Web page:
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On the Cover: Pangea Ultima 

click to enlarge Ken Vallario, acrylic on canvas, 2007
  • Ken Vallario, acrylic on canvas, 2007

At a time when the world seems so divided and everyone at odds, one artist dares to dream of a unity so grand it shakes the very core of the planet. It’s an optimism new to Ken Vallario’s work, but one he’s ready to embrace.

“As I get older I am consciously trying to make art to uplift people,” said Vallario.

Pangea Ultima, the title painting in his upcoming show at Qbix Art Gallery in Philadelphia, refers to the theoretical land mass scheduled to coalesce in 250 million years when the planet’s plates collide. The earth’s crust smashing together to form one supercontinent may sound apocalyptic to some, but for Vallario, the metaphor for the world coming together is a pregnant woman symbolizing planetary rebirth.

The painting is rich in symbols. The figure’s legs bisect the letters “W” and “E” that represent the west and east and together spell the word we. Three maps of the planet depict the supercontinent cycle. At the base of the painting in dark colors is the current divided state of the world. On her round stomach, like an ancient globe, is the former continent of Pangea. Above her head, like a halo, glows the future united world. Despite the positive message the figure sheds a giant tear.

“Most of my work has a deep spiritual pain,” said Vallario. “My work reflects a very specific emotion, an existential love of life but at the same time the mystery and pain of being in the world.”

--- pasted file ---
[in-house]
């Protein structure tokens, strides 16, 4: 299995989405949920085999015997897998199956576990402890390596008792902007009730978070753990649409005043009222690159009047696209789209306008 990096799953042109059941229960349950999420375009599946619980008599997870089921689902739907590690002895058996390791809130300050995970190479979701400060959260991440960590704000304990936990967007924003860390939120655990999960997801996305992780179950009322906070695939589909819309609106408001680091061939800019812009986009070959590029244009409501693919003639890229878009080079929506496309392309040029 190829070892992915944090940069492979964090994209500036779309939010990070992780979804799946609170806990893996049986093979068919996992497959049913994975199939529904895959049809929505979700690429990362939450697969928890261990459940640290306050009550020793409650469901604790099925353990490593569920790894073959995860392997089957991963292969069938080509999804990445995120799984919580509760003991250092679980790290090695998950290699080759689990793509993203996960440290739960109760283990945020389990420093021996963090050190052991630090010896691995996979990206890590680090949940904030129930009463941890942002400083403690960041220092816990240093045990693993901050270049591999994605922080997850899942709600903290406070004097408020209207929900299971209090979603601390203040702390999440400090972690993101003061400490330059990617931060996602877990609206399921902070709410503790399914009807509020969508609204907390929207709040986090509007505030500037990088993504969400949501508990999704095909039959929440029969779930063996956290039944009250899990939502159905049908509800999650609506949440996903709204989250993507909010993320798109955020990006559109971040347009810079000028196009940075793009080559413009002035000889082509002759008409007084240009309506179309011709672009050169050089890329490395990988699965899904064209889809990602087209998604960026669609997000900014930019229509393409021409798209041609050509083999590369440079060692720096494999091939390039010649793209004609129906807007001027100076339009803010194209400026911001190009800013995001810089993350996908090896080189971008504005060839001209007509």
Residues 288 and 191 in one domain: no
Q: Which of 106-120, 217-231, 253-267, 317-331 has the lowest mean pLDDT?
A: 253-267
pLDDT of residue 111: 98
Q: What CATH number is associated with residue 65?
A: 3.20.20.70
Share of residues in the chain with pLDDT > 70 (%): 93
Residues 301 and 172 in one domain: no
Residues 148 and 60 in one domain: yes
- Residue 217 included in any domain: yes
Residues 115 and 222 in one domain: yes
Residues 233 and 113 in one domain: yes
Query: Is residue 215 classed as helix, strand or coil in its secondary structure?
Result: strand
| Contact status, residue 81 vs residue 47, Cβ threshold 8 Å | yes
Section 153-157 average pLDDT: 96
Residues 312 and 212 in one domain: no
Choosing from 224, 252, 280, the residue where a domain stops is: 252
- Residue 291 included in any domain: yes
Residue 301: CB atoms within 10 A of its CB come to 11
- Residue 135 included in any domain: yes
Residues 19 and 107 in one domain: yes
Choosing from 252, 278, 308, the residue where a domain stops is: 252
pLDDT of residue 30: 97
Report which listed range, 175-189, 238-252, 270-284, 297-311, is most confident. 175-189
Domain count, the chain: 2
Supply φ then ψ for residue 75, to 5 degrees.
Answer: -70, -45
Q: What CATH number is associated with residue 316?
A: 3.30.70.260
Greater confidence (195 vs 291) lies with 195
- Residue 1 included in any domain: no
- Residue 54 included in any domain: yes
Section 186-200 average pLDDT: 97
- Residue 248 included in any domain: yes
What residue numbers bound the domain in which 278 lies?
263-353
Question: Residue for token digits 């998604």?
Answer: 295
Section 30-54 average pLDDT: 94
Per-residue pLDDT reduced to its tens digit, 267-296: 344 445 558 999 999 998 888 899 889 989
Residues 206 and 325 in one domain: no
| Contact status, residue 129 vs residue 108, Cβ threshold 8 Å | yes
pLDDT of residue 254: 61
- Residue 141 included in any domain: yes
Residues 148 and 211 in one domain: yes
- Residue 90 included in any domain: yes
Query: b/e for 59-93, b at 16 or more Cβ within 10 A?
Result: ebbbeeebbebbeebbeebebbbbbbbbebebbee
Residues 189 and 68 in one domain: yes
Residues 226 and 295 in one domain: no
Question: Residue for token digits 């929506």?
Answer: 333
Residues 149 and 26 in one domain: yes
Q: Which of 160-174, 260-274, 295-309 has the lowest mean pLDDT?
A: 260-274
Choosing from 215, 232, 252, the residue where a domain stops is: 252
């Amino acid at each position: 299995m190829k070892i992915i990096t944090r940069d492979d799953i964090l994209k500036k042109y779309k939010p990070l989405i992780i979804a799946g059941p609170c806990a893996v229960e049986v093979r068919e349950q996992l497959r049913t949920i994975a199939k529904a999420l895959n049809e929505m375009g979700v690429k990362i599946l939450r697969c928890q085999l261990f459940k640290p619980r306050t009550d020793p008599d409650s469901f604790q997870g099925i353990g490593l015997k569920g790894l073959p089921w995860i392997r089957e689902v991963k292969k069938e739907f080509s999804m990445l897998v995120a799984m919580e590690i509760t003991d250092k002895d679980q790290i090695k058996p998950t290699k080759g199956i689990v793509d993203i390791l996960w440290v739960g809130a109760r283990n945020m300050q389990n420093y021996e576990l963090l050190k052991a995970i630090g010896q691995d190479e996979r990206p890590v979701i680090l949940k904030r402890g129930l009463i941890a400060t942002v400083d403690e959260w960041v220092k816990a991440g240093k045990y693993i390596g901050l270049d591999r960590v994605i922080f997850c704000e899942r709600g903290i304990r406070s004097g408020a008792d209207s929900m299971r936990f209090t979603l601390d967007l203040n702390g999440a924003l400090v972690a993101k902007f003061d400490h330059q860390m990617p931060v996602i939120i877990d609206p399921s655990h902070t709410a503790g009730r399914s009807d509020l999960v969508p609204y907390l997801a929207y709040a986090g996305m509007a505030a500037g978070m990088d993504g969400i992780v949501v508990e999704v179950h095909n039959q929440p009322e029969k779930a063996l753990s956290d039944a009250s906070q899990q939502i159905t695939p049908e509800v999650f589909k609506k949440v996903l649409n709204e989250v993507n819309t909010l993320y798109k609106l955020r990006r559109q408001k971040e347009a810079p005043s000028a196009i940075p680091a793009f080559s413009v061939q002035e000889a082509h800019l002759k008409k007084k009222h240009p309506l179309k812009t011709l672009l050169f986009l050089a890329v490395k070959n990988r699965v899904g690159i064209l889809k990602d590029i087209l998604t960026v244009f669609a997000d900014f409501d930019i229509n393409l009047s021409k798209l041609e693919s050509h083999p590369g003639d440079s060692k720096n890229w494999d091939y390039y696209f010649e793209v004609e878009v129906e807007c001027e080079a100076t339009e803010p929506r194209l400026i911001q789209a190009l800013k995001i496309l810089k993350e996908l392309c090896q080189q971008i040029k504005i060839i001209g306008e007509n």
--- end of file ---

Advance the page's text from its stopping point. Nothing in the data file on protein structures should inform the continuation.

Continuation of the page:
The bittersweet imagery is a signature of the work of Vallario, who constructs his shows like musicians compose their albums. “Every album has a great rock song they put on the radio,” said Vallario. “I wanted Pangea Ultima to be that title piece. The other works refer to other ideas I am working on. In every piece I’ll cover a variety of new feelings.” He creates a catalog of emotion. “I normally have something that is purely beautiful, something that is a little provocative, and something that covers an obscure idea I’m into,” said Vallario. Whatever the combination he tries to make each painting stand on its own so that viewers do not think they are seeing the same work over and over again.

With impending fatherhood and his upcoming one-man show at Qbix in Philadelphia, this New Paltz artist has plenty of reason to continue mining this optimistic vein.

Ken Vallario’s exhibition “Pangea Ultima” will open at the Qbix Art Gallery in Philadelphia, on October 5 and run through the end of the month.
(215) 625-2521; www.qbixart.com.

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